While some hearers like this kind of preaching too much, it may also be the case that some preachers preach like this too much. Their sermons are at best jejune and lean, when compared with the great and substantial truths of the gospel. Maybe in a whole sabbath, or in a whole sermon, the poor people have got little or nothing to feed on but bare, barren and dry debates, or invectives against owning the authority of lawful civil rulers, or declamations directly or indirectly against hearing faithful ministers of the gospel because of some lesser differences, whether in judgment or practice. Some are so taken with these discourses that they say, “O! such a blessed day of the gospel! We never saw such a day of the gospel!” Yet in fact very little of the gospel was preached. Little was spoken to commend Christ and serious godliness — little to provoke us to the exercise of repentance, mortification of sin, humility, self-denial, heavenly mindedness, tenderness, and other graces and Christian duties. Instead the things that were only or mainly emphasised had little genuine and native tendency either to the conversion or building of souls. That is after all the great end of preaching. “Whom we preach,” says the apostle, and, “I determined to know nothing amongst you, but Jesus Christ and him crucified.”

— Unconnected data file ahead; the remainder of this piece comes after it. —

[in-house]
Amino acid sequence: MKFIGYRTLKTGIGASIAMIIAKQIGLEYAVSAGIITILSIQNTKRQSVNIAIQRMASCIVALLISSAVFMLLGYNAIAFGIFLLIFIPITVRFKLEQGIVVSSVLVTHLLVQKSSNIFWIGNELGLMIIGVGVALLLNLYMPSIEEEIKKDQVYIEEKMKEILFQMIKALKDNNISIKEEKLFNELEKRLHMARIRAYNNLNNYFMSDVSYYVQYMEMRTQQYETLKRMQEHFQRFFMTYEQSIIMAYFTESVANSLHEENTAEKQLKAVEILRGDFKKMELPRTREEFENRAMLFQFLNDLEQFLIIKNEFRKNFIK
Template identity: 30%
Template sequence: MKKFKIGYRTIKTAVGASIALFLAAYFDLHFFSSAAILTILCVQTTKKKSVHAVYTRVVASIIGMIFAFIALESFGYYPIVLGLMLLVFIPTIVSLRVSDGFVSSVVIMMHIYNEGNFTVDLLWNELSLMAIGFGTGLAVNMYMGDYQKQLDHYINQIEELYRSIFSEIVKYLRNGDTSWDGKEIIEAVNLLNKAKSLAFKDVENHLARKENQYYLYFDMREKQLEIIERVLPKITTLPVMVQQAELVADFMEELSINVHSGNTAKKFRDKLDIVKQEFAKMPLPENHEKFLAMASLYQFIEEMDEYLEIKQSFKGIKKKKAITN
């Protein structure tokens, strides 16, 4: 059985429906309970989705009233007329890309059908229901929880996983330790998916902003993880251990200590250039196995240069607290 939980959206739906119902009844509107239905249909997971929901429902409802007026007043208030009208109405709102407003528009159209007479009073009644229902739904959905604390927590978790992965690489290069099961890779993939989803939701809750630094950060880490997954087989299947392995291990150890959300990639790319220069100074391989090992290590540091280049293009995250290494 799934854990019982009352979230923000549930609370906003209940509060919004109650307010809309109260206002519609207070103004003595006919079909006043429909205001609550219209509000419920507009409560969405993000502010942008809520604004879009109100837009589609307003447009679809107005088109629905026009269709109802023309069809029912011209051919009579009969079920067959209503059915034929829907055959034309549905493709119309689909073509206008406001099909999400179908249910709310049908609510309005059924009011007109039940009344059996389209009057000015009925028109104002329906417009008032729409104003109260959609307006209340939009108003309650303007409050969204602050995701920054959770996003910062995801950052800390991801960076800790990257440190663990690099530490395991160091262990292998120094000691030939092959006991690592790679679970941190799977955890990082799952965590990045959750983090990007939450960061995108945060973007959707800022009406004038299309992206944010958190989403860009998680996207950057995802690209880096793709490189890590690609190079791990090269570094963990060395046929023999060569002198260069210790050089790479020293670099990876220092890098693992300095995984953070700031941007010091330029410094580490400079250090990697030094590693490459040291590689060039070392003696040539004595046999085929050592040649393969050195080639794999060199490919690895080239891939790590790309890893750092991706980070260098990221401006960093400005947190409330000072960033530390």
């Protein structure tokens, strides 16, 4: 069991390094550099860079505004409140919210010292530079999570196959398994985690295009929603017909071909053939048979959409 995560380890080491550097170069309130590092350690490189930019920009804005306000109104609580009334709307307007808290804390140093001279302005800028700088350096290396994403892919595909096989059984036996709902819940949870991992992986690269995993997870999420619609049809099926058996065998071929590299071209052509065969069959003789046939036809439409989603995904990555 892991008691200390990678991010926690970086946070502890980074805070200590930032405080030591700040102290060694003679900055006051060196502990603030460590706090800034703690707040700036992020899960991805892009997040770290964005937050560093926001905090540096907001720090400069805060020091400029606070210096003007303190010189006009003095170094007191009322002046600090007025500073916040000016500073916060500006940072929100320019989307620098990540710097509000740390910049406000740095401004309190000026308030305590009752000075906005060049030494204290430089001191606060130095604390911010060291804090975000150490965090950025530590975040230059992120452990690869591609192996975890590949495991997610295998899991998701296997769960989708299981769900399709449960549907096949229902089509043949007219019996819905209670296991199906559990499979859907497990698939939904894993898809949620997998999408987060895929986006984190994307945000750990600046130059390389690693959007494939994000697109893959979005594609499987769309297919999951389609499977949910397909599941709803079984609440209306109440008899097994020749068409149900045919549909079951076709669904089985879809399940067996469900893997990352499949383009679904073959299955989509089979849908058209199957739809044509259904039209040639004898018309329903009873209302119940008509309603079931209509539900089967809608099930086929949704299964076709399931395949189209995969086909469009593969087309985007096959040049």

Correlating our zeal with spiritual value

As it is good to be always zealously affected towards things that are right, so the zeal of ministers and individual Christians ought to be suited and proportioned to the nature of things. Then the whole or greatest part of their zeal would not be permitted to be spent on things more debatable (especially amongst the knowledgeable and godly), and things that are further removed from the heart, soul, life and power of religion, while in the meantime little zeal is reserved for the most necessary momentous and substantial things.


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Seven ways to combat secret sins